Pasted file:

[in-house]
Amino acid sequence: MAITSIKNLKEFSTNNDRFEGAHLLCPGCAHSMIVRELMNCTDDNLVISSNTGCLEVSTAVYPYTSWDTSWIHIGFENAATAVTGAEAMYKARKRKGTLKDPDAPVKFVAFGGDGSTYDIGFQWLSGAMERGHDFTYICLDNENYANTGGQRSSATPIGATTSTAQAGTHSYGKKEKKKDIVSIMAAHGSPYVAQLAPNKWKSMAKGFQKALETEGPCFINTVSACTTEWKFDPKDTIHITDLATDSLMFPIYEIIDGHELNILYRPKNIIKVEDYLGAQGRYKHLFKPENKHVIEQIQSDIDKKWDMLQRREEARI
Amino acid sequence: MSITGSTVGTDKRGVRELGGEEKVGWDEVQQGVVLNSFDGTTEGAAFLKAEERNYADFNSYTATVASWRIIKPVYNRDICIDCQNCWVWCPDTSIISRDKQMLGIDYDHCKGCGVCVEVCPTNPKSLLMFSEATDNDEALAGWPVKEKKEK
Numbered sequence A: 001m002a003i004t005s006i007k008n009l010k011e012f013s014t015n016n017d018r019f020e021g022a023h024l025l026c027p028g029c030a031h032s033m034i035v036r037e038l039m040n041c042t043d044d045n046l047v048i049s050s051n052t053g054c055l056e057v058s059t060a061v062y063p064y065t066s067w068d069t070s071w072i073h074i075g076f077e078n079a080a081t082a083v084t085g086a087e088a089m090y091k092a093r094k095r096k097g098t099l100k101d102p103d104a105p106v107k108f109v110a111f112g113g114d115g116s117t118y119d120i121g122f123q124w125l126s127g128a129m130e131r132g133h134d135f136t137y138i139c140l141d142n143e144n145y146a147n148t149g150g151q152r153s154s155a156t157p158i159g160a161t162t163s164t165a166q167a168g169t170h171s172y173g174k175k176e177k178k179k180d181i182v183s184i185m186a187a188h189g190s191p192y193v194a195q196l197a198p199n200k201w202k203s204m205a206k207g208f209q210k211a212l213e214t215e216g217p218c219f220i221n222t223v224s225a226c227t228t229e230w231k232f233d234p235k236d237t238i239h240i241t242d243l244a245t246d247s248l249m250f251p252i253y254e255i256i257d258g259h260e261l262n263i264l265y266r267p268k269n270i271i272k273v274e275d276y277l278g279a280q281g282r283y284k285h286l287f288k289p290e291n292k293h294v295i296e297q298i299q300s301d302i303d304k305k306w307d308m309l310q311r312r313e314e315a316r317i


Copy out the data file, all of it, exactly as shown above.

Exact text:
[in-house]
Amino acid sequence: MAITSIKNLKEFSTNNDRFEGAHLLCPGCAHSMIVRELMNCTDDNLVISSNTGCLEVSTAVYPYTSWDTSWIHIGFENAATAVTGAEAMYKARKRKGTLKDPDAPVKFVAFGGDGSTYDIGFQWLSGAMERGHDFTYICLDNENYANTGGQRSSATPIGATTSTAQAGTHSYGKKEKKKDIVSIMAAHGSPYVAQLAPNKWKSMAKGFQKALETEGPCFINTVSACTTEWKFDPKDTIHITDLATDSLMFPIYEIIDGHELNILYRPKNIIKVEDYLGAQGRYKHLFKPENKHVIEQIQSDIDKKWDMLQRREEARI
Amino acid sequence: MSITGSTVGTDKRGVRELGGEEKVGWDEVQQGVVLNSFDGTTEGAAFLKAEERNYADFNSYTATVASWRIIKPVYNRDICIDCQNCWVWCPDTSIISRDKQMLGIDYDHCKGCGVCVEVCPTNPKSLLMFSEATDNDEALAGWPVKEKKEK
Numbered sequence A: 001m002a003i004t005s006i007k008n009l010k011e012f013s014t015n016n017d018r019f020e021g022a023h024l025l026c027p028g029c030a031h032s033m034i035v036r037e038l039m040n041c042t043d044d045n046l047v048i049s050s051n052t053g054c055l056e057v058s059t060a061v062y063p064y065t066s067w068d069t070s071w072i073h074i075g076f077e078n079a080a081t082a083v084t085g086a087e088a089m090y091k092a093r094k095r096k097g098t099l100k101d102p103d104a105p106v107k108f109v110a111f112g113g114d115g116s117t118y119d120i121g122f123q124w125l126s127g128a129m130e131r132g133h134d135f136t137y138i139c140l141d142n143e144n145y146a147n148t149g150g151q152r153s154s155a156t157p158i159g160a161t162t163s164t165a166q167a168g169t170h171s172y173g174k175k176e177k178k179k180d181i182v183s184i185m186a187a188h189g190s191p192y193v194a195q196l197a198p199n200k201w202k203s204m205a206k207g208f209q210k211a212l213e214t215e216g217p218c219f220i221n222t223v224s225a226c227t228t229e230w231k232f233d234p235k236d237t238i239h240i241t242d243l244a245t246d247s248l249m250f251p252i253y254e255i256i257d258g259h260e261l262n263i264l265y266r267p268k269n270i271i272k273v274e275d276y277l278g279a280q281g282r283y284k285h286l287f288k289p290e291n292k293h294v295i296e297q298i299q300s301d302i303d304k305k306w307d308m309l310q311r312r313e314e315a316r317i